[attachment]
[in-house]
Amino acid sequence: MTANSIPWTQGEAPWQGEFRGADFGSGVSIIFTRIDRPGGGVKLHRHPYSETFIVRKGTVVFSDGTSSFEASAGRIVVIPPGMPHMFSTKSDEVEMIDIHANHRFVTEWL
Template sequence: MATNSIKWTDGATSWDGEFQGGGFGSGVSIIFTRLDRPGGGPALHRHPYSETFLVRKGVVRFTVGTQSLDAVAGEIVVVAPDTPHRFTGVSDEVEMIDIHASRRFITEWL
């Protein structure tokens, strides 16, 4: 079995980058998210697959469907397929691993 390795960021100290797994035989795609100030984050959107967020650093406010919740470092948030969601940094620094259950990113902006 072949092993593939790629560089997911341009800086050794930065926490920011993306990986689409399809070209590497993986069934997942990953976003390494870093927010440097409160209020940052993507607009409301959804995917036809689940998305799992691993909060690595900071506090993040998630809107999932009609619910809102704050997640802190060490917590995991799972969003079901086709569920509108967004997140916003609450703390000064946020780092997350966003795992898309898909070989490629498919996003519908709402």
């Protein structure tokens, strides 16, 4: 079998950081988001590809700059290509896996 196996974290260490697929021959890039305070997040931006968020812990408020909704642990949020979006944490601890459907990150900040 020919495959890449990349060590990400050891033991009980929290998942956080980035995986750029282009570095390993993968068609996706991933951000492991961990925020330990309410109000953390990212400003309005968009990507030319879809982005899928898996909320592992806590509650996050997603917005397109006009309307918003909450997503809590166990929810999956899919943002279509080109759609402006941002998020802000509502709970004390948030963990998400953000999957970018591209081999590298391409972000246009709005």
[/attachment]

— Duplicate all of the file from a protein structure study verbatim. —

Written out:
[in-house]
Amino acid sequence: MTANSIPWTQGEAPWQGEFRGADFGSGVSIIFTRIDRPGGGVKLHRHPYSETFIVRKGTVVFSDGTSSFEASAGRIVVIPPGMPHMFSTKSDEVEMIDIHANHRFVTEWL
Template sequence: MATNSIKWTDGATSWDGEFQGGGFGSGVSIIFTRLDRPGGGPALHRHPYSETFLVRKGVVRFTVGTQSLDAVAGEIVVVAPDTPHRFTGVSDEVEMIDIHASRRFITEWL
């Protein structure tokens, strides 16, 4: 079995980058998210697959469907397929691993 390795960021100290797994035989795609100030984050959107967020650093406010919740470092948030969601940094620094259950990113902006 072949092993593939790629560089997911341009800086050794930065926490920011993306990986689409399809070209590497993986069934997942990953976003390494870093927010440097409160209020940052993507607009409301959804995917036809689940998305799992691993909060690595900071506090993040998630809107999932009609619910809102704050997640802190060490917590995991799972969003079901086709569920509108967004997140916003609450703390000064946020780092997350966003795992898309898909070989490629498919996003519908709402």
């Protein structure tokens, strides 16, 4: 079998950081988001590809700059290509896996 196996974290260490697929021959890039305070997040931006968020812990408020909704642990949020979006944490601890459907990150900040 020919495959890449990349060590990400050891033991009980929290998942956080980035995986750029282009570095390993993968068609996706991933951000492991961990925020330990309410109000953390990212400003309005968009990507030319879809982005899928898996909320592992806590509650996050997603917005397109006009309307918003909450997503809590166990929810999956899919943002279509080109759609402006941002998020802000509502709970004390948030963990998400953000999957970018591209081999590298391409972000246009709005």